America’s Huge Challenge: Giving Blue-Collar Workers a Boost

 

The American economy has been stagnating since the end of the 20th century and has grown especially slowly (2% per year on average) since the end of the Great Recession in June 2009.  This slow growth has various unpleasant causes and consequences:

  • Men without Work. The political economist, Nicholas Eberstadt, has pointed out that the work rate for prime working age (25 – 54) men has dropped from 94.1% in 1948 to 84.3% in 2015. This translates into 9.5 million prime working age men who are not currently in the workforce.
  • Mortality Crisis. The economists, Anne Case and Angus Deaton, show that the mortality rate for working class whites in America, aged 45 – 54, has doubled since 1990, and that these new deaths are largely “deaths of despair.”
  • Complacency.  The economist, Tyler Cowen, makes a strong case that too many Americans are so comfortable in their own worlds that they have become complacent about the structural problems facing American society.
  • Segregation by Class The political scientist Charles Murray has described a separation of American society into a new Upper Class (20% of all Americans) and a new Lower Class (30% of all Americans) with the Upper Class enjoying the four deepest satisfactions of life: family, vocation, community and faith while the Lower Class is largely left out.

What can be done to improve the fortunes of America’s blue-collar workers? There are actually a lot of things:

  • Greatly improve vocational training for the millions of skilled jobs for which there aren’t enough qualified applicants.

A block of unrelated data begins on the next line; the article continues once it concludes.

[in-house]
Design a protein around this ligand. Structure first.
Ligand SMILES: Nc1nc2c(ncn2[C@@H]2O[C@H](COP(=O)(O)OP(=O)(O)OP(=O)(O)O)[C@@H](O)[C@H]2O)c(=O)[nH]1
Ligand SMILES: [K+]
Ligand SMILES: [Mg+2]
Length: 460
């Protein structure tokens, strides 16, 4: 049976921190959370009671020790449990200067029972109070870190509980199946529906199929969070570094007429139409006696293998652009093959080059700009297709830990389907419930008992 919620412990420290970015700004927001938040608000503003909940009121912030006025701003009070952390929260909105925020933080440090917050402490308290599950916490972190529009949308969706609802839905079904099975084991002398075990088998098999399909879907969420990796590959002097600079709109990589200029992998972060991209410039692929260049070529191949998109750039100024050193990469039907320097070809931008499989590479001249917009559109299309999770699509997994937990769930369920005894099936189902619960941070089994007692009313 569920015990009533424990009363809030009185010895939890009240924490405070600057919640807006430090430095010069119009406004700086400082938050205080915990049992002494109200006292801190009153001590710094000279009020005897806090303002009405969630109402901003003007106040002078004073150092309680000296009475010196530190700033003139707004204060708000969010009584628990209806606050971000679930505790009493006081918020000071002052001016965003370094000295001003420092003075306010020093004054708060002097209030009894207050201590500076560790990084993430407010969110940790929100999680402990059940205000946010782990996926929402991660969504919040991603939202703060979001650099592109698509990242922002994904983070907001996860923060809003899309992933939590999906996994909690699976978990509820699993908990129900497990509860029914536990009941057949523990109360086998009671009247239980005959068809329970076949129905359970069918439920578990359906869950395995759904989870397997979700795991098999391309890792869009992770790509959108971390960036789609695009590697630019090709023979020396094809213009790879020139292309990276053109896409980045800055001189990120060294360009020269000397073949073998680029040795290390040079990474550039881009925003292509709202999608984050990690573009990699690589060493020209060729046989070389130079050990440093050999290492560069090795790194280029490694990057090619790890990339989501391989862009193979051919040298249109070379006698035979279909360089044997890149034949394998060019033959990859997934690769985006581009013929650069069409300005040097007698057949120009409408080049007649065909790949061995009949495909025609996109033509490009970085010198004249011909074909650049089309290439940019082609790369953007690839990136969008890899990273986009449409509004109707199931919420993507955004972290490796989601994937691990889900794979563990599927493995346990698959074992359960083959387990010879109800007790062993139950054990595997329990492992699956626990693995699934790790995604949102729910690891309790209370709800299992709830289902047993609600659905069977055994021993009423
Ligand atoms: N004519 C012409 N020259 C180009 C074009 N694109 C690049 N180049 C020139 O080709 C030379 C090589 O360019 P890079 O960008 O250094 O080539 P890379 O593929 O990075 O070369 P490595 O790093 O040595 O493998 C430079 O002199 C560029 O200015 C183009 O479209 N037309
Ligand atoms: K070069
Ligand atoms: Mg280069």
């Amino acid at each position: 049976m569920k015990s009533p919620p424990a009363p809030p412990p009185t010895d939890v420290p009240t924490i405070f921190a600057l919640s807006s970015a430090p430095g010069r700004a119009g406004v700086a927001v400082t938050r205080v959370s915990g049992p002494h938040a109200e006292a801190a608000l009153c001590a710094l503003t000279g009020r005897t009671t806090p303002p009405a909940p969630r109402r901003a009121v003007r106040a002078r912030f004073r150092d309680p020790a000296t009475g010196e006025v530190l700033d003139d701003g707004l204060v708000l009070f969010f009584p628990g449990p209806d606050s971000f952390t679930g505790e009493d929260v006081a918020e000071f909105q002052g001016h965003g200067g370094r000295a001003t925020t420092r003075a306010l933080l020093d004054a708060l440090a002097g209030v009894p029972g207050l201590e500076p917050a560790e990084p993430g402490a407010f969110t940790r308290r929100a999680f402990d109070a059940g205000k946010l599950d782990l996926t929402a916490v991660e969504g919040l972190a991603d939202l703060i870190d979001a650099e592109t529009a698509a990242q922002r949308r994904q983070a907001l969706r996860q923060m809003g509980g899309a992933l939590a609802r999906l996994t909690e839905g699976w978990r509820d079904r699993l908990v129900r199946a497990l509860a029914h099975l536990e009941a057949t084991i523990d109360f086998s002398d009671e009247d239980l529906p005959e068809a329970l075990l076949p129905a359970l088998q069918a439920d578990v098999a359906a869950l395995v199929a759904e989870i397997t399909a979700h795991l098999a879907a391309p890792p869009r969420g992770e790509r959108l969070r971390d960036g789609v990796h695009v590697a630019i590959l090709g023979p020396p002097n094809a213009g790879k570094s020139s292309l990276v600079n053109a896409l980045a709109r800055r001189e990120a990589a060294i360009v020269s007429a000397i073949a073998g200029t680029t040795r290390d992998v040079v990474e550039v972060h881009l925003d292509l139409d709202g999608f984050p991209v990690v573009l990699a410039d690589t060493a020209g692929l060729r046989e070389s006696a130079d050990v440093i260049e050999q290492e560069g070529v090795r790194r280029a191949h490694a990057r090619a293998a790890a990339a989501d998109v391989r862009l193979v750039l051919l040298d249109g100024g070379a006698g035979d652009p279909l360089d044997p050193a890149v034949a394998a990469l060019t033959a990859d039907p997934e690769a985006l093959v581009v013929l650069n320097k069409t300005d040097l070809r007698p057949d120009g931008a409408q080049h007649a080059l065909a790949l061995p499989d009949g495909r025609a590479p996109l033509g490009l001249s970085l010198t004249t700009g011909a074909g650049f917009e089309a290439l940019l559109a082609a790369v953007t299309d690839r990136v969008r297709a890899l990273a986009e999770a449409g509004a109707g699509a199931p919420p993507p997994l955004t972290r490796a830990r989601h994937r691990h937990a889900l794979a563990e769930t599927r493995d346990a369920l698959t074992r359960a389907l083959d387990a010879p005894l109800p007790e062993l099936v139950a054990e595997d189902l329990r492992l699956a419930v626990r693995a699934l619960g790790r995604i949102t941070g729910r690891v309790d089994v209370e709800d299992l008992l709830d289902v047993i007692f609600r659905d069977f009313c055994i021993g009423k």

• Revitalize America’s job-generating capacities. More businesses have closed than opened each year since the Financial Crisis.
  • Reverse the perverse disincentives against male work embedded in our social welfare systems. The Earned Income Tax Credit should be extended to single adults without dependents. Eligibility for disability income should be tightened considerably.

  • Come to terms with the enormous challenge of bringing convicts and felons back into society. The huge increase in incarceration rates in recent years has coincided with a dramatic drop in rates for both violent crime and property crime.

Conclusion. It’s a scandal that so many blue-collar workers are struggling to live a fulfilling life. There are many different actions government can take to improve their lot.

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2 thoughts on “America’s Huge Challenge: Giving Blue-Collar Workers a Boost

  1. Jack,

    It seems that our leadership in both Parties are as far apart as ever. I have no idea what will be a catalyst for change right now. It seems that chance or an event will have to be our path. Any form of leadership seems to have left the country.

    Doug

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